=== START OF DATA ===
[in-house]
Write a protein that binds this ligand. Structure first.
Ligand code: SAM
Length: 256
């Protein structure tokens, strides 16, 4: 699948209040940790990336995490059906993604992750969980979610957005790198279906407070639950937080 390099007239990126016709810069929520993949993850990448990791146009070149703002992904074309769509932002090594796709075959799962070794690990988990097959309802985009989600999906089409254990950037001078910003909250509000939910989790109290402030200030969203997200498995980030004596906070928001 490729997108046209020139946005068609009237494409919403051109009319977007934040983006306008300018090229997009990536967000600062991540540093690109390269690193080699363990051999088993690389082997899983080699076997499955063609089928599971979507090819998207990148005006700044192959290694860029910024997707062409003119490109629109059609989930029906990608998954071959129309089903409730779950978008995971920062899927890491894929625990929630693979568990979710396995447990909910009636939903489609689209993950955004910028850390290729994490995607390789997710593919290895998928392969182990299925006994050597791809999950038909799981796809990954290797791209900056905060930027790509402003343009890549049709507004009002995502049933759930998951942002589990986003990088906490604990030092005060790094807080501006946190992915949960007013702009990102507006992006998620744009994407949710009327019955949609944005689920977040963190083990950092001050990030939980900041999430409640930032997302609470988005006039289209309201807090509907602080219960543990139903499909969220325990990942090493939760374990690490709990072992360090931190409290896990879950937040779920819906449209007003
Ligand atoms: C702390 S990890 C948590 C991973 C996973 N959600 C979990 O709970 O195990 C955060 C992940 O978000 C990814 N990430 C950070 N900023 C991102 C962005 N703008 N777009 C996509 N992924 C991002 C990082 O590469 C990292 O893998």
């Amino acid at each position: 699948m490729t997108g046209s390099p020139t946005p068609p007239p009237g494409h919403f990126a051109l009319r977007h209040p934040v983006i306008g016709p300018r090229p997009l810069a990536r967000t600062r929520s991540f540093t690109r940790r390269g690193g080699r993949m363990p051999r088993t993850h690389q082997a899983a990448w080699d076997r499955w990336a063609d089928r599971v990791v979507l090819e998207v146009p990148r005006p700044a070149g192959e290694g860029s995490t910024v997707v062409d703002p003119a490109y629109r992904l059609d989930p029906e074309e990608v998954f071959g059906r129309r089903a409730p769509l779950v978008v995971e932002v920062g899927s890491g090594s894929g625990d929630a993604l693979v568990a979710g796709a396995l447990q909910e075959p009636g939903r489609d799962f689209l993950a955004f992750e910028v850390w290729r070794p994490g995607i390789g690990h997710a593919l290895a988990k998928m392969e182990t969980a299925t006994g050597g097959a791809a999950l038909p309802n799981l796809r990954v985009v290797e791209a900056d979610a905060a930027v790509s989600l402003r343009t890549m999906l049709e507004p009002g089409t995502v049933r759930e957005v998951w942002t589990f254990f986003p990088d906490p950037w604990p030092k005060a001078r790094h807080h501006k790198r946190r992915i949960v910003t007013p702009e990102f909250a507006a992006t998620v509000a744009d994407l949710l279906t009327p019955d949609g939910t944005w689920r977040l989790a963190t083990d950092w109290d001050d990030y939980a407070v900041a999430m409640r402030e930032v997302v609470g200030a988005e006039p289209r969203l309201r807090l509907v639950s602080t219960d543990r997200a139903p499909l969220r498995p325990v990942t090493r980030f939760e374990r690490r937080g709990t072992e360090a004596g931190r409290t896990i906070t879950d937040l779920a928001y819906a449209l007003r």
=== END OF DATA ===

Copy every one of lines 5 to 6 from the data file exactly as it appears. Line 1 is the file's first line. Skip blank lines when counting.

């Protein structure tokens, strides 16, 4: 699948209040940790990336995490059906993604992750969980979610957005790198279906407070639950937080 390099007239990126016709810069929520993949993850990448990791146009070149703002992904074309769509932002090594796709075959799962070794690990988990097959309802985009989600999906089409254990950037001078910003909250509000939910989790109290402030200030969203997200498995980030004596906070928001 490729997108046209020139946005068609009237494409919403051109009319977007934040983006306008300018090229997009990536967000600062991540540093690109390269690193080699363990051999088993690389082997899983080699076997499955063609089928599971979507090819998207990148005006700044192959290694860029910024997707062409003119490109629109059609989930029906990608998954071959129309089903409730779950978008995971920062899927890491894929625990929630693979568990979710396995447990909910009636939903489609689209993950955004910028850390290729994490995607390789997710593919290895998928392969182990299925006994050597791809999950038909799981796809990954290797791209900056905060930027790509402003343009890549049709507004009002995502049933759930998951942002589990986003990088906490604990030092005060790094807080501006946190992915949960007013702009990102507006992006998620744009994407949710009327019955949609944005689920977040963190083990950092001050990030939980900041999430409640930032997302609470988005006039289209309201807090509907602080219960543990139903499909969220325990990942090493939760374990690490709990072992360090931190409290896990879950937040779920819906449209007003
Ligand atoms: C702390 S990890 C948590 C991973 C996973 N959600 C979990 O709970 O195990 C955060 C992940 O978000 C990814 N990430 C950070 N900023 C991102 C962005 N703008 N777009 C996509 N992924 C991002 C990082 O590469 C990292 O893998």